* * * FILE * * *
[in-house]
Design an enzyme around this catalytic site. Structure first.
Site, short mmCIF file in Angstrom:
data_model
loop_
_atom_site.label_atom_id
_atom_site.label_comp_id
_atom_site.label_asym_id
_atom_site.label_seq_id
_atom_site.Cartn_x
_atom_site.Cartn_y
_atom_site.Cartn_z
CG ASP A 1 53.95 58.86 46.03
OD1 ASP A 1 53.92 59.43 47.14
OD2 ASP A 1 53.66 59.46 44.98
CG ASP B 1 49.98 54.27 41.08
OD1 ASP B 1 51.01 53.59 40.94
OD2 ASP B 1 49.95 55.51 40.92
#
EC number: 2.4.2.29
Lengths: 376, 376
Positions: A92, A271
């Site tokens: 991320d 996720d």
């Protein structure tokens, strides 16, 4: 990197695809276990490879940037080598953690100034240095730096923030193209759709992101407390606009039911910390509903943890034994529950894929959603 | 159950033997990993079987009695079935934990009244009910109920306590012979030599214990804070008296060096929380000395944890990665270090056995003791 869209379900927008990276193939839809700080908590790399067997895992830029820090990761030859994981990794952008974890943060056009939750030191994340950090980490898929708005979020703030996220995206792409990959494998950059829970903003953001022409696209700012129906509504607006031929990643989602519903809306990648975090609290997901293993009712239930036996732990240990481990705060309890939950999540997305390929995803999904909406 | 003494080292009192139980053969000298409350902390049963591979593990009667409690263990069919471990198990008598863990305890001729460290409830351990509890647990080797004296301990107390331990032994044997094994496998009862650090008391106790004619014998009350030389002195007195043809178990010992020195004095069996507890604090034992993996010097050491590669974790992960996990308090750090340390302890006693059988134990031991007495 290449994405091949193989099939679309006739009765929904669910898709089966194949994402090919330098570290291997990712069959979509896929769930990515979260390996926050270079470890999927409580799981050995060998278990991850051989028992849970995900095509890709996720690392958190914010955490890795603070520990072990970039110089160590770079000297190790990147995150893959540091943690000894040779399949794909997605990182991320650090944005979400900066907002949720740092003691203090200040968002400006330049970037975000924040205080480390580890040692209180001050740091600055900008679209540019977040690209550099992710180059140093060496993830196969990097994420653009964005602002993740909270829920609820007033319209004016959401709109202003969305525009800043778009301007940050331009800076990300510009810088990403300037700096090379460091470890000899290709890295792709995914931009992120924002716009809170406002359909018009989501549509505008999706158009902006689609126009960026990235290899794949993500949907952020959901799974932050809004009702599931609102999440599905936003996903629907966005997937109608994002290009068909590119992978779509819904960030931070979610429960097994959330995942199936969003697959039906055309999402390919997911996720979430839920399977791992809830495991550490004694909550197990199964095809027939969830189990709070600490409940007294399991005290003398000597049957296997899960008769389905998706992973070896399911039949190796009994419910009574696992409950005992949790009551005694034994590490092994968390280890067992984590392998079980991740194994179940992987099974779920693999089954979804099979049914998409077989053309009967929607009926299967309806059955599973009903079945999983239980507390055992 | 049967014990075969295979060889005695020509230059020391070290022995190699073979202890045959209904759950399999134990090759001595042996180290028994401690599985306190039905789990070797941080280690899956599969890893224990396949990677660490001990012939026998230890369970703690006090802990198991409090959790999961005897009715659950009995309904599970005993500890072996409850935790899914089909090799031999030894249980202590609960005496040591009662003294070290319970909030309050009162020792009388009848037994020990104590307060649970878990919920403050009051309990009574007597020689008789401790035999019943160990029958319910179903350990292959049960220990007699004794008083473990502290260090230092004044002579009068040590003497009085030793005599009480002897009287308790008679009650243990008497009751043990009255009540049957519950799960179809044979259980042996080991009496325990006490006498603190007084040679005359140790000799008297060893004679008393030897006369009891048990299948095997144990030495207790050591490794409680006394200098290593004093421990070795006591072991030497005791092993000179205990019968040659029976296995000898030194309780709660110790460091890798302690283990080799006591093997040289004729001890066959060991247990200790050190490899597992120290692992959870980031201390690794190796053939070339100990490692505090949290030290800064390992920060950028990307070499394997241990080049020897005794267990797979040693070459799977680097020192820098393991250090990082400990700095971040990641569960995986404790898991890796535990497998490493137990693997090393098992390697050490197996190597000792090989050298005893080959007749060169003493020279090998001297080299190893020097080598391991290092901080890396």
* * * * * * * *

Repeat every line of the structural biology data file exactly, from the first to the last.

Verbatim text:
[in-house]
Design an enzyme around this catalytic site. Structure first.
Site, short mmCIF file in Angstrom:
data_model
loop_
_atom_site.label_atom_id
_atom_site.label_comp_id
_atom_site.label_asym_id
_atom_site.label_seq_id
_atom_site.Cartn_x
_atom_site.Cartn_y
_atom_site.Cartn_z
CG ASP A 1 53.95 58.86 46.03
OD1 ASP A 1 53.92 59.43 47.14
OD2 ASP A 1 53.66 59.46 44.98
CG ASP B 1 49.98 54.27 41.08
OD1 ASP B 1 51.01 53.59 40.94
OD2 ASP B 1 49.95 55.51 40.92
#
EC number: 2.4.2.29
Lengths: 376, 376
Positions: A92, A271
């Site tokens: 991320d 996720d």
């Protein structure tokens, strides 16, 4: 990197695809276990490879940037080598953690100034240095730096923030193209759709992101407390606009039911910390509903943890034994529950894929959603 | 159950033997990993079987009695079935934990009244009910109920306590012979030599214990804070008296060096929380000395944890990665270090056995003791 869209379900927008990276193939839809700080908590790399067997895992830029820090990761030859994981990794952008974890943060056009939750030191994340950090980490898929708005979020703030996220995206792409990959494998950059829970903003953001022409696209700012129906509504607006031929990643989602519903809306990648975090609290997901293993009712239930036996732990240990481990705060309890939950999540997305390929995803999904909406 | 003494080292009192139980053969000298409350902390049963591979593990009667409690263990069919471990198990008598863990305890001729460290409830351990509890647990080797004296301990107390331990032994044997094994496998009862650090008391106790004619014998009350030389002195007195043809178990010992020195004095069996507890604090034992993996010097050491590669974790992960996990308090750090340390302890006693059988134990031991007495 290449994405091949193989099939679309006739009765929904669910898709089966194949994402090919330098570290291997990712069959979509896929769930990515979260390996926050270079470890999927409580799981050995060998278990991850051989028992849970995900095509890709996720690392958190914010955490890795603070520990072990970039110089160590770079000297190790990147995150893959540091943690000894040779399949794909997605990182991320650090944005979400900066907002949720740092003691203090200040968002400006330049970037975000924040205080480390580890040692209180001050740091600055900008679209540019977040690209550099992710180059140093060496993830196969990097994420653009964005602002993740909270829920609820007033319209004016959401709109202003969305525009800043778009301007940050331009800076990300510009810088990403300037700096090379460091470890000899290709890295792709995914931009992120924002716009809170406002359909018009989501549509505008999706158009902006689609126009960026990235290899794949993500949907952020959901799974932050809004009702599931609102999440599905936003996903629907966005997937109608994002290009068909590119992978779509819904960030931070979610429960097994959330995942199936969003697959039906055309999402390919997911996720979430839920399977791992809830495991550490004694909550197990199964095809027939969830189990709070600490409940007294399991005290003398000597049957296997899960008769389905998706992973070896399911039949190796009994419910009574696992409950005992949790009551005694034994590490092994968390280890067992984590392998079980991740194994179940992987099974779920693999089954979804099979049914998409077989053309009967929607009926299967309806059955599973009903079945999983239980507390055992 | 049967014990075969295979060889005695020509230059020391070290022995190699073979202890045959209904759950399999134990090759001595042996180290028994401690599985306190039905789990070797941080280690899956599969890893224990396949990677660490001990012939026998230890369970703690006090802990198991409090959790999961005897009715659950009995309904599970005993500890072996409850935790899914089909090799031999030894249980202590609960005496040591009662003294070290319970909030309050009162020792009388009848037994020990104590307060649970878990919920403050009051309990009574007597020689008789401790035999019943160990029958319910179903350990292959049960220990007699004794008083473990502290260090230092004044002579009068040590003497009085030793005599009480002897009287308790008679009650243990008497009751043990009255009540049957519950799960179809044979259980042996080991009496325990006490006498603190007084040679005359140790000799008297060893004679008393030897006369009891048990299948095997144990030495207790050591490794409680006394200098290593004093421990070795006591072991030497005791092993000179205990019968040659029976296995000898030194309780709660110790460091890798302690283990080799006591093997040289004729001890066959060991247990200790050190490899597992120290692992959870980031201390690794190796053939070339100990490692505090949290030290800064390992920060950028990307070499394997241990080049020897005794267990797979040693070459799977680097020192820098393991250090990082400990700095971040990641569960995986404790898991890796535990497998490493137990693997090393098992390697050490197996190597000792090989050298005893080959007749060169003493020279090998001297080299190893020097080598391991290092901080890396």